eCommerce Checkout UX That Boosts Sales and Conversions ( 4 CRO Tests You Can Copy)
Want some quick wins for your eCommerce store’s CRO campaigns?
Make changes to the checkout UX and you’ll see results quicker than changing any other part of your store.
Why? Because this is the bottom of the funnel. The place where customers have high motivation to buy. And when you make small changes to the page, it can mean big gains or losses. That’s why at Convertica when we start a new optimization campaign, the checkout UX and flow is one of the first things we work on.
So what is a good checkout conversion rate? The average rate is 24.4%. But if you’re looking for a benchmark for your store, you should also look at the average checkout conversion rate for each industry. For example, the cart to checkout rate in the fashion industry is 30.9%, but in the finance sector, it’s only 19.6%. (source)
Now that you have a benchmark, the next question is: how should you optimize your checkout page? Which elements should you change to increase conversions?
My high-level answer is this: Go back to the basics on optimizing user experience. That is, make the process as easy for customers as possible. Pave a smooth road for them right up to the moment they click Pay.
This is, however, easier said than done. That’s why today, we’re going to look at case studies that you can refer to next time you try to improve the UX/UI of your store’s checkout page.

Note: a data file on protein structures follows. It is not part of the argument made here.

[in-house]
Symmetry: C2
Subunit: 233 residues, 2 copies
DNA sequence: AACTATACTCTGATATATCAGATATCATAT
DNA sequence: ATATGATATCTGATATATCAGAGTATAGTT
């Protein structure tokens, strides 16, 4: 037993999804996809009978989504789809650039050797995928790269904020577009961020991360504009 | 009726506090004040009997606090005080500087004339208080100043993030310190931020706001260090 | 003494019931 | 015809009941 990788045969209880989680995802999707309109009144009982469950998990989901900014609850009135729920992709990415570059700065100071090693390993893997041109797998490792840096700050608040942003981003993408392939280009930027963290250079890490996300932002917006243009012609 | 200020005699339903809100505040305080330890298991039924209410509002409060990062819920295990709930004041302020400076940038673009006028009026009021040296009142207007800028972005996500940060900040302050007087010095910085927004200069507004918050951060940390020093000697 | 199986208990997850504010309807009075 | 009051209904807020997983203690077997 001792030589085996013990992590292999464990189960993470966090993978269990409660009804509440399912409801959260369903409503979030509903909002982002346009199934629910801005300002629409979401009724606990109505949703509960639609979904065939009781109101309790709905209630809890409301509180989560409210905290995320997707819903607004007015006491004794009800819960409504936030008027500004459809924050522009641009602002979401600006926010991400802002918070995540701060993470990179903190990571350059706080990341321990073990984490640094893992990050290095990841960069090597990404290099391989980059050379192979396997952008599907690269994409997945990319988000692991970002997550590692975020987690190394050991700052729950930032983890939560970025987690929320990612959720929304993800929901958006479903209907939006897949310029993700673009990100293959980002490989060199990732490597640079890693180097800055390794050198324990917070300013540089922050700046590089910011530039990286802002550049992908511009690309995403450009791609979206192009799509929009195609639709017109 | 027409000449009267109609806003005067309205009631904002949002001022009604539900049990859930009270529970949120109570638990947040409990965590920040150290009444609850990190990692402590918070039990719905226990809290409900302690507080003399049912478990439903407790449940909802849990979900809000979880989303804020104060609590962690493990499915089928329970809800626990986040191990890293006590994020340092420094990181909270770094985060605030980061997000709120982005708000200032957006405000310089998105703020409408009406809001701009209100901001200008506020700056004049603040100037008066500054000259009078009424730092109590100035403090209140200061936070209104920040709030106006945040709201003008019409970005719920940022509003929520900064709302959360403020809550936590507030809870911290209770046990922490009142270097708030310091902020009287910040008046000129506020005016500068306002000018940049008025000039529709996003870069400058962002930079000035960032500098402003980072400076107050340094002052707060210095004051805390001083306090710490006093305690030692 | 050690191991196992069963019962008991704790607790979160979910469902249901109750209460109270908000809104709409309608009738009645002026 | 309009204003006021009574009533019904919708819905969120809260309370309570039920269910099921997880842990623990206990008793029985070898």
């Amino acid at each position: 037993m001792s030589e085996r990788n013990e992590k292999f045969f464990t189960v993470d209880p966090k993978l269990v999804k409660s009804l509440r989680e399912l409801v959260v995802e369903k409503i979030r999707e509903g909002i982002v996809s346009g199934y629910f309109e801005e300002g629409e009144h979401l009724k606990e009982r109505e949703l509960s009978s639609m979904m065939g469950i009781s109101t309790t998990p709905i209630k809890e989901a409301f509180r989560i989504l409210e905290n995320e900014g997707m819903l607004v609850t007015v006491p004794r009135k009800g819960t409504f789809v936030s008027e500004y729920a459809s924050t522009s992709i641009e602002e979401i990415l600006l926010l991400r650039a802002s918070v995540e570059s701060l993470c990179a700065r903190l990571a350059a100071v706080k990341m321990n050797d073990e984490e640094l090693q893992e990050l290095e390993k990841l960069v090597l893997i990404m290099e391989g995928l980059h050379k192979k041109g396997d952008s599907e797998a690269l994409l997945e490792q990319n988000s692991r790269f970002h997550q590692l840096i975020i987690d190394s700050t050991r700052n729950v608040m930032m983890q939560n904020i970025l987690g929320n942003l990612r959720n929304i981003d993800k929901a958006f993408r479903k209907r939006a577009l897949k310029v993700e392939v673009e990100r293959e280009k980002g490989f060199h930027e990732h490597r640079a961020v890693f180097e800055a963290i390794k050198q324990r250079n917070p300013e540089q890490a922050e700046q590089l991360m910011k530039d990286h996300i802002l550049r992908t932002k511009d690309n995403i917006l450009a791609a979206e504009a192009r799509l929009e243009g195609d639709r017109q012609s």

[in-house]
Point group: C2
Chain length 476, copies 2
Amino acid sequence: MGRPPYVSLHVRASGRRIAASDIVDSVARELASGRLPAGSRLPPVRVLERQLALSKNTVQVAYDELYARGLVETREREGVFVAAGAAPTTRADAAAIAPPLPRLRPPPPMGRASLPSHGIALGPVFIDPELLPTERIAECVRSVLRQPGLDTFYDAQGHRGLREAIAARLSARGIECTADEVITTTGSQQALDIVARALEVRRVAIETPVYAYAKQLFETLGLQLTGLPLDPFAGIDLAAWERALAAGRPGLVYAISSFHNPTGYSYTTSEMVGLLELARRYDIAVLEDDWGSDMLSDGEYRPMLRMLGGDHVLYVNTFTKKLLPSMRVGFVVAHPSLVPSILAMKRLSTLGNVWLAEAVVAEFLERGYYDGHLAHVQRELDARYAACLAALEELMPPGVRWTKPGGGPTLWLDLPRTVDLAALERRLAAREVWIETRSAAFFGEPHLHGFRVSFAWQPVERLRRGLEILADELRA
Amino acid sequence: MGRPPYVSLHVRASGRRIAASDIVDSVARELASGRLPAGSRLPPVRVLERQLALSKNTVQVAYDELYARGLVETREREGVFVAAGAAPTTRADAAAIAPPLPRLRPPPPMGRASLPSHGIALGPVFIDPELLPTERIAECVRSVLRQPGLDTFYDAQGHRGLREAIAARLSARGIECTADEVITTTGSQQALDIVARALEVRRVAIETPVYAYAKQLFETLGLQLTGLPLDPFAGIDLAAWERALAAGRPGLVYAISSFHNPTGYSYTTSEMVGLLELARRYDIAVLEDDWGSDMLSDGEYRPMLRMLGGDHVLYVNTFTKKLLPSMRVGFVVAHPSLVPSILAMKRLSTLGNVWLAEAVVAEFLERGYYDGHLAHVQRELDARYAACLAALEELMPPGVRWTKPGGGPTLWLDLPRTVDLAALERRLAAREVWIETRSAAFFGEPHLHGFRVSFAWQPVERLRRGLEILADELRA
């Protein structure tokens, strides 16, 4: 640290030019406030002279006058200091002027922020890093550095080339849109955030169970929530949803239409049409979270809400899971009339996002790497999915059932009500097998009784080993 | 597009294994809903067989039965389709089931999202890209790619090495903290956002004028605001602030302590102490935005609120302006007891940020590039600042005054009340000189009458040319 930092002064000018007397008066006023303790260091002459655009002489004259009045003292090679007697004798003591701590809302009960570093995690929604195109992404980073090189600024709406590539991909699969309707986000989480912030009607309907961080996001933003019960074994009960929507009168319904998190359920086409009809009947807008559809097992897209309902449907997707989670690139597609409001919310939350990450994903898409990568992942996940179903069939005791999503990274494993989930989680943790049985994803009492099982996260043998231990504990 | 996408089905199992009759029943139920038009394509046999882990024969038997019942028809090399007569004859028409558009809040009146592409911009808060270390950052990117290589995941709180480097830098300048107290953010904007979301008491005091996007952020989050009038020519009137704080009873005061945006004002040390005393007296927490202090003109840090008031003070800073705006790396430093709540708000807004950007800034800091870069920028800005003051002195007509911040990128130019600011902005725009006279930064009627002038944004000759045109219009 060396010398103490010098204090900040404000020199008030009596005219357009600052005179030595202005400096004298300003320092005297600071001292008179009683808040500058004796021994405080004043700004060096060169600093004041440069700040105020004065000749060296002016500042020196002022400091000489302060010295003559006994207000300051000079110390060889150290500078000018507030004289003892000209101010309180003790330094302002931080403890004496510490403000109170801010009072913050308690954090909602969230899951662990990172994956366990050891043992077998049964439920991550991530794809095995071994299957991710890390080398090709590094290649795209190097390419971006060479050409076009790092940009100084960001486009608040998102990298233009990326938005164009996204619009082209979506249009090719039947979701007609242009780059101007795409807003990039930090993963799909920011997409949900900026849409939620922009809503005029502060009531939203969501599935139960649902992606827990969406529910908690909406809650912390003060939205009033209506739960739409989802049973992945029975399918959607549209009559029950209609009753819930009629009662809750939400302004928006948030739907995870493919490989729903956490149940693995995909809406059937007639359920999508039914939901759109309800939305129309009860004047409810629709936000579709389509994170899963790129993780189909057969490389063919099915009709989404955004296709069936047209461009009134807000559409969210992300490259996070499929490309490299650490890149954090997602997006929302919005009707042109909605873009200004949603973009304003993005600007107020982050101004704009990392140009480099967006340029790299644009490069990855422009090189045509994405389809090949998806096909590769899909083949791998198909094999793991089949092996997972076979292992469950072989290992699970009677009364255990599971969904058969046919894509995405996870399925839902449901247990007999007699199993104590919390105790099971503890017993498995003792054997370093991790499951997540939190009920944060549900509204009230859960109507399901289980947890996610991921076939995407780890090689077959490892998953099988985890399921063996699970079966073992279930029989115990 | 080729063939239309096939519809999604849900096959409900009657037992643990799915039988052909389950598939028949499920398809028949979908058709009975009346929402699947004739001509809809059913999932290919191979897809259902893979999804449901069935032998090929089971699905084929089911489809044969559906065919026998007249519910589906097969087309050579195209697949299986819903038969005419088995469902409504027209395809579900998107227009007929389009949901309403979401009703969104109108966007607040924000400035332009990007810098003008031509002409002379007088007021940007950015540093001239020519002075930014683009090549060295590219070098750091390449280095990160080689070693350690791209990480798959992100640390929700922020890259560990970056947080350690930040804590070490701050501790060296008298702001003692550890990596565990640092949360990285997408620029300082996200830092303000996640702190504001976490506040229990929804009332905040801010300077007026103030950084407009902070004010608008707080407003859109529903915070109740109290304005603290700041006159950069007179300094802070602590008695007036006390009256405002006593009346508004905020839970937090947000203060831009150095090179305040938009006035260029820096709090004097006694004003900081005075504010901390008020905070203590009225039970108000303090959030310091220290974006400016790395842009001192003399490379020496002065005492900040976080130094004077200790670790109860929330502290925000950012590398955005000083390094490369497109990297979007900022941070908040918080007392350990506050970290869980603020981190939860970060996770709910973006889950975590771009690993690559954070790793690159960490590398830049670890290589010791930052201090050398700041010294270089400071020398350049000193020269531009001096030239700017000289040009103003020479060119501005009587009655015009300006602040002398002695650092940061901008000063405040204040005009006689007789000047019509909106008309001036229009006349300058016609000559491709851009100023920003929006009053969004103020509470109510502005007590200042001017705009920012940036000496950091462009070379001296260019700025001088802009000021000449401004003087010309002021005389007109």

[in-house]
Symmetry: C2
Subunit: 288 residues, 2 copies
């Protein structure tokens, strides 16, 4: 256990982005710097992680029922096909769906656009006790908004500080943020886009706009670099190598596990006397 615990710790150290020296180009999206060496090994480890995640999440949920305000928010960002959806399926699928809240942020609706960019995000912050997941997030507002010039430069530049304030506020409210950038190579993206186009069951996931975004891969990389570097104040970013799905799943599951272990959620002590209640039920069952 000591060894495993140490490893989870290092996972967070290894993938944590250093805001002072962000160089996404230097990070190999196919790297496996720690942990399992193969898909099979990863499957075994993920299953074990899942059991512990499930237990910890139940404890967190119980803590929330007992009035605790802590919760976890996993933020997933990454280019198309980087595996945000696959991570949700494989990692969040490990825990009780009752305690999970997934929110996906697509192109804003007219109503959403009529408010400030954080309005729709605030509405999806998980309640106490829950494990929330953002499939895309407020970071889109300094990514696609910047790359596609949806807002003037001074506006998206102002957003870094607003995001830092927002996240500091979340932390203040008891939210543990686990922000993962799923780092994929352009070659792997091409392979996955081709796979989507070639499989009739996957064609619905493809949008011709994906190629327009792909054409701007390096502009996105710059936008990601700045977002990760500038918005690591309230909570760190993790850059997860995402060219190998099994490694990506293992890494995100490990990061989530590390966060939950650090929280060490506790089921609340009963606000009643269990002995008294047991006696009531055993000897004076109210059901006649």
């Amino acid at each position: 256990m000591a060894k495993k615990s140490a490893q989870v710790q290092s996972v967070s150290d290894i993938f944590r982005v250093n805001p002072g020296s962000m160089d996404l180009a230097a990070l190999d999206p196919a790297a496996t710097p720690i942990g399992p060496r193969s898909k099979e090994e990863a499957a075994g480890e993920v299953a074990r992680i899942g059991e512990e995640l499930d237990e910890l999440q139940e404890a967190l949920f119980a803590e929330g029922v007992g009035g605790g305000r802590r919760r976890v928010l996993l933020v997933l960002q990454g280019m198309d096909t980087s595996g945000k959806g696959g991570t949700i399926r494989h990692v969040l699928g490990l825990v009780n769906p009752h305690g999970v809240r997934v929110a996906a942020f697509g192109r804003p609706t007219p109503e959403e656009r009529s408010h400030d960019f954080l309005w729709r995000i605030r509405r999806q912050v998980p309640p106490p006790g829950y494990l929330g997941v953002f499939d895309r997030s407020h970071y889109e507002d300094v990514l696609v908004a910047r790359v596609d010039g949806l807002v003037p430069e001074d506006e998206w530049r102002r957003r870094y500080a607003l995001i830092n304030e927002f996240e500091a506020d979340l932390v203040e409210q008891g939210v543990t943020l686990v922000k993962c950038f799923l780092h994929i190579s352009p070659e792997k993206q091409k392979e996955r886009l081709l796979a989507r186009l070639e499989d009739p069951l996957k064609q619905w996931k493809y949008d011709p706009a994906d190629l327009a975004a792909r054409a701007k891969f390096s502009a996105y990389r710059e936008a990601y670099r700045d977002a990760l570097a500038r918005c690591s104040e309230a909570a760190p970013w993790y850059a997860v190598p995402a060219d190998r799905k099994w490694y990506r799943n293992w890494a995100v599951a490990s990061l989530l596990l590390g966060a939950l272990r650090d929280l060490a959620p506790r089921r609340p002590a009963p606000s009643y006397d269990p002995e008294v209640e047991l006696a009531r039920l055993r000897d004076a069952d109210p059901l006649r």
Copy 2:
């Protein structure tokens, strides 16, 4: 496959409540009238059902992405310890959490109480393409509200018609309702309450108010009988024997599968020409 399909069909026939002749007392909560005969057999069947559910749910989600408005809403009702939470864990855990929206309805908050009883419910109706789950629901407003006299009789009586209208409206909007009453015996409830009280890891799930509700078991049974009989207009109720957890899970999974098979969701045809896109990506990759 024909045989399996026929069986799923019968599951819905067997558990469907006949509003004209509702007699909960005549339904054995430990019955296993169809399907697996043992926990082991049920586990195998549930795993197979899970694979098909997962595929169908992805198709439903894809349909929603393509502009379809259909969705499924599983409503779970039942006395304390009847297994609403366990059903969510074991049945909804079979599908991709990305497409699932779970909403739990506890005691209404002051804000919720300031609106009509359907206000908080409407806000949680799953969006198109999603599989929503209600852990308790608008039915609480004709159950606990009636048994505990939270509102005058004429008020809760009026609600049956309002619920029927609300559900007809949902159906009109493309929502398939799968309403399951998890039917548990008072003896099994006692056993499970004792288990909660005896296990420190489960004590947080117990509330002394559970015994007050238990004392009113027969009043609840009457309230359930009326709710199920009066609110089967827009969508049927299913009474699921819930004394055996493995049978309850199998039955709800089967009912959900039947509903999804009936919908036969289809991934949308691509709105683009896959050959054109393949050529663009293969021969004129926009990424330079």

eCommerce checkout UX best practices: 4 case studies you can learn from
Think of your customer at checkout as that buyer in a hurry in a brick-and-mortar store.
He’s got a couple of items in his hands. Exact cash at the ready. And he’s itching to dash out of the store as quickly as possible.
He has no time to fuss. He just wants to pay and get it all over with. That’s usually easy to do offline.
But how can you recreate this experience online? You can’t just get his money. Before you can do that, there are many things you require from him first: his name, billing & delivery addresses, credit card number —among other things.
So the question is: how can you simplify the process so that the buyer can quickly finish the transaction?
It’s not easy. But you can study the experiences of others to glean insights into what you can do to smoothen the checkout process.